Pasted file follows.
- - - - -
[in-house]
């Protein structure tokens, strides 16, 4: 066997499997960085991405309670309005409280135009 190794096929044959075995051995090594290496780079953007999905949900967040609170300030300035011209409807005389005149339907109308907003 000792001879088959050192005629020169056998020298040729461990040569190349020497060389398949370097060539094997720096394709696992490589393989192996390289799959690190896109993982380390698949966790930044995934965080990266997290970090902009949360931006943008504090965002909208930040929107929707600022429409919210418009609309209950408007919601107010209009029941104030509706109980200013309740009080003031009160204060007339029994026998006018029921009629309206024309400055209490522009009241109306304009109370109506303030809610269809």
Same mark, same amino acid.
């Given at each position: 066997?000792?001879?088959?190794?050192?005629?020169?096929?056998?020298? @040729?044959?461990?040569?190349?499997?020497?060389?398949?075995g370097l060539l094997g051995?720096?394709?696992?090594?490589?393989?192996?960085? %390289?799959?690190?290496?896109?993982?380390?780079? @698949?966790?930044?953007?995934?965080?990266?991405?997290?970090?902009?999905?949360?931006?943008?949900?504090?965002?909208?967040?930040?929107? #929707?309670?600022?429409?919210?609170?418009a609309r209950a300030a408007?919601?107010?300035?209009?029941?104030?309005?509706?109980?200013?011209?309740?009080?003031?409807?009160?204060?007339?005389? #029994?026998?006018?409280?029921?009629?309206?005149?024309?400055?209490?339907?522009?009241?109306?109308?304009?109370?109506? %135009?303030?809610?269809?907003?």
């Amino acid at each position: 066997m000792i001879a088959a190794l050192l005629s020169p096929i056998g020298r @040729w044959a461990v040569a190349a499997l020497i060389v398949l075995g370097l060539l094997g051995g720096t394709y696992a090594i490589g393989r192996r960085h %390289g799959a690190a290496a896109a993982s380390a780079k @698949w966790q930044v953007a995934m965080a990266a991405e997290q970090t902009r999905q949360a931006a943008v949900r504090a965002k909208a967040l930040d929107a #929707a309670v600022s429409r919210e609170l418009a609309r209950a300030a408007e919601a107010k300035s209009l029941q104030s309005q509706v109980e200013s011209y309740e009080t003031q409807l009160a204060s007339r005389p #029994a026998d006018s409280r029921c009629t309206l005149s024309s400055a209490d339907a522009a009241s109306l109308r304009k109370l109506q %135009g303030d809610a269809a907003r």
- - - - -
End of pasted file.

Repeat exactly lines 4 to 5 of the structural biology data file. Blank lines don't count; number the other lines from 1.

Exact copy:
């Given at each position: 066997?000792?001879?088959?190794?050192?005629?020169?096929?056998?020298? @040729?044959?461990?040569?190349?499997?020497?060389?398949?075995g370097l060539l094997g051995?720096?394709?696992?090594?490589?393989?192996?960085? %390289?799959?690190?290496?896109?993982?380390?780079? @698949?966790?930044?953007?995934?965080?990266?991405?997290?970090?902009?999905?949360?931006?943008?949900?504090?965002?909208?967040?930040?929107? #929707?309670?600022?429409?919210?609170?418009a609309r209950a300030a408007?919601?107010?300035?209009?029941?104030?309005?509706?109980?200013?011209?309740?009080?003031?409807?009160?204060?007339?005389? #029994?026998?006018?409280?029921?009629?309206?005149?024309?400055?209490?339907?522009?009241?109306?109308?304009?109370?109506? %135009?303030?809610?269809?907003?």
């Amino acid at each position: 066997m000792i001879a088959a190794l050192l005629s020169p096929i056998g020298r @040729w044959a461990v040569a190349a499997l020497i060389v398949l075995g370097l060539l094997g051995g720096t394709y696992a090594i490589g393989r192996r960085h %390289g799959a690190a290496a896109a993982s380390a780079k @698949w966790q930044v953007a995934m965080a990266a991405e997290q970090t902009r999905q949360a931006a943008v949900r504090a965002k909208a967040l930040d929107a #929707a309670v600022s429409r919210e609170l418009a609309r209950a300030a408007e919601a107010k300035s209009l029941q104030s309005q509706v109980e200013s011209y309740e009080t003031q409807l009160a204060s007339r005389p #029994a026998d006018s409280r029921c009629t309206l005149s024309s400055a209490d339907a522009a009241s109306l109308r304009k109370l109506q %135009g303030d809610a269809a907003r």